Smile, You’re on Camera: A Lawyer’s Guide to DVR Forensics



Big brother is everywhere these days. You can’t stop for a coffee on your daily commute without encountering a camera on every block. The average American is caught on camera over 50 times per day. This is alarming to some, but it could be the key to making or breaking your case.

The odds are good that relevant individuals were caught on surveillance footage during or around the events in question. Frequently, this information is overlooked or completely missed and it’s up to you and your team to identify, obtain/preserve, navigate, and ultimately determine how to best present this crucial footage.

Image of a surveillance camera capturing a van driving past


Time is of the essence when it comes to DVR Forensics. Typically, DVR systems hold 30, 60 or 90 days worth of video and in many instances, much less. After that window, the hard drive begins to overwrite/delete potential evidence. The faster you can identify and obtain the data, the more likely you will be to recover the footage you need.

Start with the basics: 

  • Map out the location of the alleged incident
  • Create a list of potential footage sources 
  • And take the proper legal steps to get the footage itself. 

You need to get this raw data from its original format into a product that is easily digestible. This is where thorough organization is key to success. At times, you may be dealing with 3-5 different DVRs, all using different file systems, with 8-10 cameras per system.

Once you can obtain the video or DVR systems you are after, the real work begins.


Close up shot of DVR system


Most DVR systems are proprietary and built overseas. Which makes them challenging to find more support for than is supplied with the original user manual. There is a large variety of file structures, storage capacity and capabilities, playback options, features, etc. being used with each manufacturer. To make things even more confusing, often we find ourselves dealing with multiple DVRs from several manufacturers that are using a variety of different file structures and features (motion, steam, etc.).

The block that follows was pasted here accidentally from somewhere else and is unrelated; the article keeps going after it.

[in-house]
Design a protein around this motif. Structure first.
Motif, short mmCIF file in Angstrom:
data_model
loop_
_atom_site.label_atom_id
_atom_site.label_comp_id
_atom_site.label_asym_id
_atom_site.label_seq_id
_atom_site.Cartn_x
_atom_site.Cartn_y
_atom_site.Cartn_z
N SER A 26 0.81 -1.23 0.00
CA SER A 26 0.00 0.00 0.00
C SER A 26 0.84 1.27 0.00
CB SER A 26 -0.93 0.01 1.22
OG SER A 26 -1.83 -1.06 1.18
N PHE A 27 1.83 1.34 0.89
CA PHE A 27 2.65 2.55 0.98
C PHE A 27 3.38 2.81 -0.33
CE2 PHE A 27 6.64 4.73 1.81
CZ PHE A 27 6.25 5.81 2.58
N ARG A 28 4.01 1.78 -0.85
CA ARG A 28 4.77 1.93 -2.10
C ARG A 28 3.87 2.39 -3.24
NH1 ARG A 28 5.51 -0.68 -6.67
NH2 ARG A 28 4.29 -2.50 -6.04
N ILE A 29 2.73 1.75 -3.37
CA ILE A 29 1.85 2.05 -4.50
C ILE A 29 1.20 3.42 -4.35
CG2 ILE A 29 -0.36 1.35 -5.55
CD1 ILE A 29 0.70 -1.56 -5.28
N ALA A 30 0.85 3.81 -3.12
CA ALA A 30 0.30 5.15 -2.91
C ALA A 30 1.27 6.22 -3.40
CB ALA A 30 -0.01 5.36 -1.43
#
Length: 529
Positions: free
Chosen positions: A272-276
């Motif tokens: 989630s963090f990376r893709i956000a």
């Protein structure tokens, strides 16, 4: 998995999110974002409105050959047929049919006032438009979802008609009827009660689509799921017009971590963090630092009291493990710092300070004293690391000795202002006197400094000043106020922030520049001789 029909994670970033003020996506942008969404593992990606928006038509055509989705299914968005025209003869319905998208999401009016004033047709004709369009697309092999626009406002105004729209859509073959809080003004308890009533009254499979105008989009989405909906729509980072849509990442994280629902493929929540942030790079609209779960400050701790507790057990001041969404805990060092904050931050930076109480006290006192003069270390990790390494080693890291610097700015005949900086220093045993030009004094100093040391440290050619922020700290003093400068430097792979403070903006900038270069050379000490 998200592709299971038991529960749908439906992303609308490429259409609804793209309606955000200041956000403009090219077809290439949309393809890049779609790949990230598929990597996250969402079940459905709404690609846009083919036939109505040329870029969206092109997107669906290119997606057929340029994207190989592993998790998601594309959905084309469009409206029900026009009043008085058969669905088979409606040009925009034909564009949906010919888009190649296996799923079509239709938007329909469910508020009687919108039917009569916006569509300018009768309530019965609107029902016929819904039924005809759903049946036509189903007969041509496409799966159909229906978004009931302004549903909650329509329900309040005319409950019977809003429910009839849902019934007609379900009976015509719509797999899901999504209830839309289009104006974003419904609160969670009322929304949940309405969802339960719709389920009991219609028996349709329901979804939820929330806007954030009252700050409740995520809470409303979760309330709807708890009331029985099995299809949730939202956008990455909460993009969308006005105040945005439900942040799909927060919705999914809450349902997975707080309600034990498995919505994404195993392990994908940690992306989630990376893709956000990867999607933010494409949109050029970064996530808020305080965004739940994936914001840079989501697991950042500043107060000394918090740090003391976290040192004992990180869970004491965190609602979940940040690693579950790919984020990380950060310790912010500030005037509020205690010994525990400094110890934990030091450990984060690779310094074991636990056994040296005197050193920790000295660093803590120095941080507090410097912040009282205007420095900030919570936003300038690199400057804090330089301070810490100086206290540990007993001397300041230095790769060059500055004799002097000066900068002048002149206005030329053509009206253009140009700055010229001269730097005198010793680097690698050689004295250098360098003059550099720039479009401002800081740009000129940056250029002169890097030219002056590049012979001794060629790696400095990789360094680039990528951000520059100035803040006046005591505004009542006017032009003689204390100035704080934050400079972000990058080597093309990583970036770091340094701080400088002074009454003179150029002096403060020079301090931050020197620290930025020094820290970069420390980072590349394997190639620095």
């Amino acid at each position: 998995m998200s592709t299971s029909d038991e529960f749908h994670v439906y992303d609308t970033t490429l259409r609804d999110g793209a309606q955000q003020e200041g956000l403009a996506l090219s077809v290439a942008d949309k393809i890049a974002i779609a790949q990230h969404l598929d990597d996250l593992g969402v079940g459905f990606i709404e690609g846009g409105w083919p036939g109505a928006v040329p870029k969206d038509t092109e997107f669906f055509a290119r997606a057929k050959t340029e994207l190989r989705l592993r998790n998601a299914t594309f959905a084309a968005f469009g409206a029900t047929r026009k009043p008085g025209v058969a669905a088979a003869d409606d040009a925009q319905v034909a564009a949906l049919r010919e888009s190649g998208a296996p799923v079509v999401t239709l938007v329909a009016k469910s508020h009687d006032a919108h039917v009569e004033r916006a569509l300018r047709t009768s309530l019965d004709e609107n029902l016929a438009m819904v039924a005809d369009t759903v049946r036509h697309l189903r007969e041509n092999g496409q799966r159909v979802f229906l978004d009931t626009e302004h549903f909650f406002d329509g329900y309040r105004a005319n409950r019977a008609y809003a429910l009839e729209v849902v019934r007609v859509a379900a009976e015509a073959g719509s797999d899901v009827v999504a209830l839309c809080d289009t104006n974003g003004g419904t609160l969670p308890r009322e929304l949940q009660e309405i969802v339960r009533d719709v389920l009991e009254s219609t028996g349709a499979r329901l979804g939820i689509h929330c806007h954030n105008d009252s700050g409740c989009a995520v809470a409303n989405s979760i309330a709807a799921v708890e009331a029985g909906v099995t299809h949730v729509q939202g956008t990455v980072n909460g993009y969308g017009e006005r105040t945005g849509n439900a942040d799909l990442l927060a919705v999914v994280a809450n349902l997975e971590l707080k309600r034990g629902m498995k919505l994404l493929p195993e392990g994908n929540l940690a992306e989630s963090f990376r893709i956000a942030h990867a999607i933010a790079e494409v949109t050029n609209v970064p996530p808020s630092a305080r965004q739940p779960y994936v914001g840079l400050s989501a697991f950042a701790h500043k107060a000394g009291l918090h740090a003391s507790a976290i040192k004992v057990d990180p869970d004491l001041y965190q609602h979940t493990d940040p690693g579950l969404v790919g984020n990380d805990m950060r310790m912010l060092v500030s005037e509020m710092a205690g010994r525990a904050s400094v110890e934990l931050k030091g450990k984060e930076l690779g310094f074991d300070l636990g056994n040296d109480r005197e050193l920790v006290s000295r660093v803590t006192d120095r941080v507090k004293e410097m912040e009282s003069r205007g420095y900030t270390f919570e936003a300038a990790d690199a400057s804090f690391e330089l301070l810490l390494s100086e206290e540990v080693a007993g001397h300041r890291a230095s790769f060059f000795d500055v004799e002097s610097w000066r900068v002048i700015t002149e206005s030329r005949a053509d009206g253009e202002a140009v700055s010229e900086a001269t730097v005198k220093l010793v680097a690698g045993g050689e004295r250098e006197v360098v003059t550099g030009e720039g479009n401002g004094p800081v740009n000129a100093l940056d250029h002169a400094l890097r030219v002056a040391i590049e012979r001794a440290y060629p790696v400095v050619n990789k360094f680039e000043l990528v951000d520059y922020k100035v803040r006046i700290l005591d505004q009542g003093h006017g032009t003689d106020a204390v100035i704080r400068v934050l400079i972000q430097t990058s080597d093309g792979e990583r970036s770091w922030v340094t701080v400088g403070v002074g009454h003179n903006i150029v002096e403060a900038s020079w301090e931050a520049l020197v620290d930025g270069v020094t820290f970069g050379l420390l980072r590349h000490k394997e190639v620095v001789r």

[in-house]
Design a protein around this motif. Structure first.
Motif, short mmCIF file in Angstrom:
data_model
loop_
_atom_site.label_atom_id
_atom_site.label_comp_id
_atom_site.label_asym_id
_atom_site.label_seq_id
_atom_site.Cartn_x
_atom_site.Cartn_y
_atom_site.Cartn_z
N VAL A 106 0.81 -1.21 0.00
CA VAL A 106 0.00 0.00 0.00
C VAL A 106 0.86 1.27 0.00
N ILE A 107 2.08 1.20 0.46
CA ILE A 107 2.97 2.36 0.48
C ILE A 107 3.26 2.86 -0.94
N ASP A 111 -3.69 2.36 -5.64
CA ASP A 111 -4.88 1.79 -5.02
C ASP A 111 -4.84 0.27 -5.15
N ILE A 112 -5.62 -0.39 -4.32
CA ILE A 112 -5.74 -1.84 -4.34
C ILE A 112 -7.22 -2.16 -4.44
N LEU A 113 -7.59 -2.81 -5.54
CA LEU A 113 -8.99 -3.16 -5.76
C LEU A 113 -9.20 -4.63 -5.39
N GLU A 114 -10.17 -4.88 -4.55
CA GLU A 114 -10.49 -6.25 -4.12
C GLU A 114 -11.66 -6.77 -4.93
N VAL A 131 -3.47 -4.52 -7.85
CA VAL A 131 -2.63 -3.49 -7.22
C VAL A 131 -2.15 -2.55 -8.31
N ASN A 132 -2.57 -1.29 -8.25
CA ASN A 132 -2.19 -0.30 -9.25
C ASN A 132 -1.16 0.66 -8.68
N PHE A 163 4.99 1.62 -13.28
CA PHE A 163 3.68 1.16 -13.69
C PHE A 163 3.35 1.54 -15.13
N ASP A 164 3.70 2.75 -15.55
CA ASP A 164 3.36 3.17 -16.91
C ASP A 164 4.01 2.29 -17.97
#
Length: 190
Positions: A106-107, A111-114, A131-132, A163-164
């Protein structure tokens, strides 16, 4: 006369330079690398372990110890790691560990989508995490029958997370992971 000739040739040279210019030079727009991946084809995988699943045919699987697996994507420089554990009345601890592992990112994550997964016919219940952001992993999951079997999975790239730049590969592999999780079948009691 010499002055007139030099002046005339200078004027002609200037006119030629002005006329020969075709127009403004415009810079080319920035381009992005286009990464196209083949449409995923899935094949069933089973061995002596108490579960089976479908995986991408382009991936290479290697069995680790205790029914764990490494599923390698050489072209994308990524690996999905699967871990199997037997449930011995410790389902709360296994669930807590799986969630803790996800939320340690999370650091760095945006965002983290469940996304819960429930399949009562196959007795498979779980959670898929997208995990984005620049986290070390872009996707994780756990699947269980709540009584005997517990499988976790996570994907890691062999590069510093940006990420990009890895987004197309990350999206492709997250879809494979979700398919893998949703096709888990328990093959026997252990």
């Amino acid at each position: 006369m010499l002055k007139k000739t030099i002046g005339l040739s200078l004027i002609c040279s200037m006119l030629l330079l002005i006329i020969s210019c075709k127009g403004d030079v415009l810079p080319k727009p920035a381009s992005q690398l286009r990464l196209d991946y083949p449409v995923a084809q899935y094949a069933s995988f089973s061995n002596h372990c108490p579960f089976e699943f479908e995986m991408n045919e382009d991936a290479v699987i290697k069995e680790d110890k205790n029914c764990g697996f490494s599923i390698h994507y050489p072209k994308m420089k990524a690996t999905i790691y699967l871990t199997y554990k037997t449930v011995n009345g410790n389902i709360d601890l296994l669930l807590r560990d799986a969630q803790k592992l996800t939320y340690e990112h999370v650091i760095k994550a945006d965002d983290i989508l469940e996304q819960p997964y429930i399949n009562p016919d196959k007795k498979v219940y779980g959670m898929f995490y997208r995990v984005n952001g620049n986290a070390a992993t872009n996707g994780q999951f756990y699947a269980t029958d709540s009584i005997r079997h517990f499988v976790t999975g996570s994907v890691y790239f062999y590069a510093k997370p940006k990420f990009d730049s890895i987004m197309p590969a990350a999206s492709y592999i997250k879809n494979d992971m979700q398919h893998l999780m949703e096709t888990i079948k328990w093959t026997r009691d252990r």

Upon initial review of all available footage, we recommend making yourself a “KEY” or “SUMMARY” to help you conceptualize the big picture. By organizing using your set naming conventions, file structure, angles and associations, you can more quickly and efficiently review hours of footage.

Carry this organizational structure through to your export keeping in mind what option is going to be most efficient for playback and presentation.


For the purpose of a smooth testimony, it is always best practice to document every step taken throughout this process. Make it easy on yourself to accurately speak to the actions you took to forensically preserve, acquire, image, review and export all the data presented. The amount of detail you document is up to you, but at a minimum, we recommend documenting the programs used to acquire, image, export and review the DVR footage.


DVR Forensics can be a massive time constraint on your case. As your client’s expert counsel, you must be dynamic and strategic with your time management. We have an experienced team of Digital Forensic Examiners with extensive backgrounds ready to tackle your DVR forensic needs. Whether it’s just an initial review, consultation of options, exporting for compatibility, or a full-on acquisition to testimony need, Roloff Digital Forensics has you covered.

Contact us for help with your case.

See what we've been up to

Follow us on

Back to the Blog